Ergonomics have been readjusted with the bars moved up slightly and the footpegs moved forward, enforcing an even more upright, dirt bike-like riding position. The super-tall, 34.2-inch seat is dirt bike-like as well (a ¾-in.-lower accessory seat is available), and a deep-scooped bucket makes it hard to move back and forth. The handling characteristics invite even more dirt bike comparisons. The motocross-type handlebar and tall center of gravity make the Hypermotard immediately responsive to even light steering inputs, which takes some getting used to. Handling is lively but stops just short of becoming nervous, thanks to slightly more relaxed steering geometry and a slightly longer wheelbase this year.

Even at semi-legal speeds you can feel distinct differences among the three preset ride modes. For garden-variety street riding we preferred the Touring setting; the combination of very light throttle action and very responsive fueling made thrust difficult to modulate smoothly in Sport mode, especially over rough pavement. That’s not to blame the long-travel suspension, with 5.9 in. from the Sachs shock and 6.7 in. from the Kayaba fork. Both ends are sprung firmly enough to maintain composure even under aggressive riding, but still deliver excellent comfort at any speed.

Transferring from mountain roads to the awesome Ascari Race Resort gave the opportunity to appreciate the extra performance of the SP model, which adds a fully adjustable Öhlins shock and Marzocchi fork, the same super-light, forged-alloy Marchesini wheels found on the Panigale S (wrapped with super-sticky Pirelli Supercorsa SP tires), some carbon fiber trim pieces, and magnesium engine covers. The SP weighs 8.8 pounds less than the base model, which, at a claimed 386 lbs. dry, is less than 7 lbs. heavier than the old bike—even after the addition of liquid-cooling, traction control, and ABS.

The SP also benefits from more aggressive Race/Sport/Wet ride-mode settings, which deliver even more dynamic throttle response, more permissive traction control, and, in Race mode, front-only ABS intervention that allows unlimited rear-wheel lift for backing the bike into corners—behavior the Hypermotard is all too willing to oblige. The ABS activation threshold is acceptably high in Race mode, and the Bosch 9MP control box trims braking inputs without any feedback at the lever. The track sessions also gave an opportunity to experience the latest DTC iteration, which, Ducati says, now limits wheelspin solely by retarding ignition—not fuel—for even smoother engagement. In the lowest two settings TC, intervention is absolutely transparent except for activating the dash indicator—which confusingly doubles as the shift light.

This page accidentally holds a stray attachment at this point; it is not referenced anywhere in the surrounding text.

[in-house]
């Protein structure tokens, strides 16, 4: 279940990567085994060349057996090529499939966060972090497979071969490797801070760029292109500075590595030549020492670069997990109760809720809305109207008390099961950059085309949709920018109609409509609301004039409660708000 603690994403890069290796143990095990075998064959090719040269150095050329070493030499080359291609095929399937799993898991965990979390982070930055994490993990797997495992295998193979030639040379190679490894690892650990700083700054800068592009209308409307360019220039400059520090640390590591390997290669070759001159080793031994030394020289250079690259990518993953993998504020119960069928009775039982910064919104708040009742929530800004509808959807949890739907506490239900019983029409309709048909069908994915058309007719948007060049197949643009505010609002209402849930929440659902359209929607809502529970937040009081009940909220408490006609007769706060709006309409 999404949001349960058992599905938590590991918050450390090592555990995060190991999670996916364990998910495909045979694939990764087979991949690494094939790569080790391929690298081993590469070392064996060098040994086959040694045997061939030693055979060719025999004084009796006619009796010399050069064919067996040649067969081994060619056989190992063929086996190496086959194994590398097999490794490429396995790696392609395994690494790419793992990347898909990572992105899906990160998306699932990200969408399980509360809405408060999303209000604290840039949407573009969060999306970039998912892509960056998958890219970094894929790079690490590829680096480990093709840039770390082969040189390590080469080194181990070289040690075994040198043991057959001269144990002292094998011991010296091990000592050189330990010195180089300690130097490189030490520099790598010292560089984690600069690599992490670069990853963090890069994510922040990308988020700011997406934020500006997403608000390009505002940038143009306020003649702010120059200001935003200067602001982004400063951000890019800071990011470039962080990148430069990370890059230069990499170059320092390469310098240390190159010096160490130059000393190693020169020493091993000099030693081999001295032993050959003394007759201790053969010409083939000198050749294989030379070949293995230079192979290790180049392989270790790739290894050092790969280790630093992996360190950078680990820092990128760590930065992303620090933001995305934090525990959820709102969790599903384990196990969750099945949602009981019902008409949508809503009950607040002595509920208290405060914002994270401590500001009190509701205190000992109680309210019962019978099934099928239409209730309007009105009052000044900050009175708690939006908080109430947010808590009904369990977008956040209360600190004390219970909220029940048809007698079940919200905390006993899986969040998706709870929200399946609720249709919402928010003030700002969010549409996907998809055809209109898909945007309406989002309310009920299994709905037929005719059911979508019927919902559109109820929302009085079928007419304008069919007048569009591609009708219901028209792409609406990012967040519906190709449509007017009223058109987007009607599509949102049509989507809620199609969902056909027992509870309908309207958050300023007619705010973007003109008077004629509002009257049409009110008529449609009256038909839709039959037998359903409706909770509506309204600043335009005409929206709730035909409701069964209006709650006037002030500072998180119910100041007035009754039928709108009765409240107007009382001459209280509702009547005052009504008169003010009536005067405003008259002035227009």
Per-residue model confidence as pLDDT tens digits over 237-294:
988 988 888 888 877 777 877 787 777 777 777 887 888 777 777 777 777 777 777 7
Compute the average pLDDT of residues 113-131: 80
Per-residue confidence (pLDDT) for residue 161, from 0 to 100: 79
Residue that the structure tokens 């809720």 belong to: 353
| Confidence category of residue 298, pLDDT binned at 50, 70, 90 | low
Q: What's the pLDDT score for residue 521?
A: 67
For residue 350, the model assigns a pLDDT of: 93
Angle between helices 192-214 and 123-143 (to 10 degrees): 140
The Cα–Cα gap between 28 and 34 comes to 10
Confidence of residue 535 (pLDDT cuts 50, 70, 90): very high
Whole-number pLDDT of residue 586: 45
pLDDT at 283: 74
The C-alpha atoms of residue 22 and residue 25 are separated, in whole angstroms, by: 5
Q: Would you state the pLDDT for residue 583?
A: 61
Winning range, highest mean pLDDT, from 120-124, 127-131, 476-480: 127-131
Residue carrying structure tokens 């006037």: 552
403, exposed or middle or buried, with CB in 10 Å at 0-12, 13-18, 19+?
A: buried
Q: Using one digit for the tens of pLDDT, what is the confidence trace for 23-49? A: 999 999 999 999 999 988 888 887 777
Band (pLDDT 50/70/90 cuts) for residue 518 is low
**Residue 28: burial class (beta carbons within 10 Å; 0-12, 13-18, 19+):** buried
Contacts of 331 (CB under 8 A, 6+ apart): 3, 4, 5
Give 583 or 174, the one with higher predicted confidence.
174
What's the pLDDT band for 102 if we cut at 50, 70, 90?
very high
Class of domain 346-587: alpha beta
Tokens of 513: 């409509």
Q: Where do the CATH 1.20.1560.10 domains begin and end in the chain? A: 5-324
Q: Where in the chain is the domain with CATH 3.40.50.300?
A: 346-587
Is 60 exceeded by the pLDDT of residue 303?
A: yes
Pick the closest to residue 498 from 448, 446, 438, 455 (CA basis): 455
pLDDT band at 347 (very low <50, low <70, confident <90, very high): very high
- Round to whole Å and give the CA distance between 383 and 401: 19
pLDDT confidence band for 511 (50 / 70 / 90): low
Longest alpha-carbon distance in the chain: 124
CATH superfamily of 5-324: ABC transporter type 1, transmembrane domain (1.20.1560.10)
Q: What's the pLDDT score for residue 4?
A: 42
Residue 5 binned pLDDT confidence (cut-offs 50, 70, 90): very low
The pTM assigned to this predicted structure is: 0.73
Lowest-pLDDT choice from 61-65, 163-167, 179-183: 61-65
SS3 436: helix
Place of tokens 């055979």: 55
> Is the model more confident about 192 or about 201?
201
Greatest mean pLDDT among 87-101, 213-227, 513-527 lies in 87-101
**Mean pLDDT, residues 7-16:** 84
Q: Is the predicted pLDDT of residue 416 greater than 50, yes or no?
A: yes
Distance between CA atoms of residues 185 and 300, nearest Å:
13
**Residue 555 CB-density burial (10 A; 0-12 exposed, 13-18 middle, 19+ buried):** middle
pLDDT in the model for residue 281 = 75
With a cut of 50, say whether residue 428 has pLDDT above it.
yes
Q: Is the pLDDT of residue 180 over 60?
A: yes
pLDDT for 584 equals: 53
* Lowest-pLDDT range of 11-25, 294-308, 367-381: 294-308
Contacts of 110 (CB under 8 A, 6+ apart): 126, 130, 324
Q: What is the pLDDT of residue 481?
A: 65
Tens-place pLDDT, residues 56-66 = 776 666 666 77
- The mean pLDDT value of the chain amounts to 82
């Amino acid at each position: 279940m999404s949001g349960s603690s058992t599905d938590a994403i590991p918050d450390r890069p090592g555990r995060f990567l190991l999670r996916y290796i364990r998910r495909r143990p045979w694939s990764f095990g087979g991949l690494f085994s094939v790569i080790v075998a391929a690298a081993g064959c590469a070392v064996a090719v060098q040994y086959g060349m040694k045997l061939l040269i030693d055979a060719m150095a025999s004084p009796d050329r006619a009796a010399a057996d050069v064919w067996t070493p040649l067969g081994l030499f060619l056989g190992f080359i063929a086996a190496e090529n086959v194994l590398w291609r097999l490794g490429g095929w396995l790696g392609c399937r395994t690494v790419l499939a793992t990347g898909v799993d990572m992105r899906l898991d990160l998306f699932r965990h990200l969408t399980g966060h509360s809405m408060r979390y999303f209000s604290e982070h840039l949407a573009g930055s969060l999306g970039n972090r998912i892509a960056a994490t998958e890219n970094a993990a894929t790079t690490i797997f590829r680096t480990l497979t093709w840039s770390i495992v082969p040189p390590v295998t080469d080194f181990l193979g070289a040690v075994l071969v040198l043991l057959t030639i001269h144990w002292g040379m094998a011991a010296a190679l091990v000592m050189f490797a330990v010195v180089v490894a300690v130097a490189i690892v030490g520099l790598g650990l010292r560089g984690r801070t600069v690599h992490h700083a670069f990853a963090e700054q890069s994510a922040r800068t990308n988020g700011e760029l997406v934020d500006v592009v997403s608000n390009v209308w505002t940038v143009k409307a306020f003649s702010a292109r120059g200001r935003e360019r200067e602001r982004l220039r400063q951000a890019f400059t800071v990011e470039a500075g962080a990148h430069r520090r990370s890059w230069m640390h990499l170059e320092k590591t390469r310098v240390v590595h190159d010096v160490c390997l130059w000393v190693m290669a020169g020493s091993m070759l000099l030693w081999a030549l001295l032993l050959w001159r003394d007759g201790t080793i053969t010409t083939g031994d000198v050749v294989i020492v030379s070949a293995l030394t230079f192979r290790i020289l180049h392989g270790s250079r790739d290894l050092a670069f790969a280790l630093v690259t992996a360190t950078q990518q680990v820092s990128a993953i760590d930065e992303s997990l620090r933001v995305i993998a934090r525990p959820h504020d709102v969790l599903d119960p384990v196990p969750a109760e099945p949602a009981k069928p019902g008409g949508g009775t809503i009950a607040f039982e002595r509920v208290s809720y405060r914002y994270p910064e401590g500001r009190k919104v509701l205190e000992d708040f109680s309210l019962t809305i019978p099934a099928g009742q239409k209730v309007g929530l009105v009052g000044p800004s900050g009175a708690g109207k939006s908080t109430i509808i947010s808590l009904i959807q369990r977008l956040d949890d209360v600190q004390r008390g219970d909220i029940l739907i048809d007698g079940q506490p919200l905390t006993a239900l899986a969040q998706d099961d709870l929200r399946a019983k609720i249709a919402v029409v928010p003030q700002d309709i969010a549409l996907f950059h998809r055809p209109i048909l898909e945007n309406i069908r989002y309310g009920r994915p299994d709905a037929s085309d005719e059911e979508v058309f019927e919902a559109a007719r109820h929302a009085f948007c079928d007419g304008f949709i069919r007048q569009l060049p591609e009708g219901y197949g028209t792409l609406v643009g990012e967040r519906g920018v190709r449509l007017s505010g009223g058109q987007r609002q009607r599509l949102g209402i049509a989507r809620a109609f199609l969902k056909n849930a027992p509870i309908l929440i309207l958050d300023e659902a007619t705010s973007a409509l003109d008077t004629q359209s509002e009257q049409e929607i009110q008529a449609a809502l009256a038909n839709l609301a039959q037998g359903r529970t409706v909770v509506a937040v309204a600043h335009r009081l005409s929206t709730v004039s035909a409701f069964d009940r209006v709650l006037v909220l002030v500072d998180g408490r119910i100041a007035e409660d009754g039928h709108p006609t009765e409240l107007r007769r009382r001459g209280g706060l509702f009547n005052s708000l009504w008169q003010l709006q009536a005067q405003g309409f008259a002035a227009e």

Ducati calls the Hypermotard “the ultimate combination of racing DNA and urban ability.” Riding this new version, which is both faster and more friendly than before, has us agreeing with this characterization. The Hypermotard is still edgier and more aggressive than the stalwart Monster model, but it’s now more broadband-capable. And it’s still light-years ahead of any “true” supermoto, making it perfect for pragmatic hooligans.

EVOLUTION
The Hypermotard gets an all-new, liquid-cooled Testastretta V-twin engine and Ducati Safety Pack electronics, including ABS and traction control.

RIVALS
Aprilia Dorsoduro 750/1200, Ducati 848 Streetfighter, Triumph Street Triple

TECH 
Price$11,995
Engine typel-c V-twin
Valve trainDOHC, 8v
Displacement821cc
Bore x stroke88.0 x 67.5mm
Compression12.8:1
Fuel systemEFI, ride by wire
ClutchWet, multi-plate slipper
Transmission6-speed
Claimed horsepower110.0 bhp @ 9250 rpm
Claimed torque65.8 lb.-ft. @ 7750 rpm
FrameTubular-steel trellis
Front suspensionKayaba 43mm fork
Rear suspensionSachs shock with adjustable spring preload and rebound damping
Front brakeDual Brembo four-piston calipers, 320mm discs with ABS
Rear brakeBrembo two-piston caliper, 245mm disc with ABS
Front tire120/70-ZR17 Pirelli Diablo Rosso II
Rear tire180/55-ZR17 Pirelli Diablo Rosso II
Rake/trail25.5°/4.1 in.
Seat height34.2 in.
Wheelbase59.0 in.
Fuel capacity4.2 gal.
Claimed curb weight411 lbs.
ColorDark Stealth Black, Ducati Red
AvailableNow
Warranty24 mo., unlimited mi.
ContactDucati North America,
10443 Bandley Dr.,
Cupertino, CA 95014,
408.253.0499,
www.ducati.com

VERDICT 4 out of 5 stars
Mission accomplished: Ducati makes the Hypermotard more accessible without dumbing it down.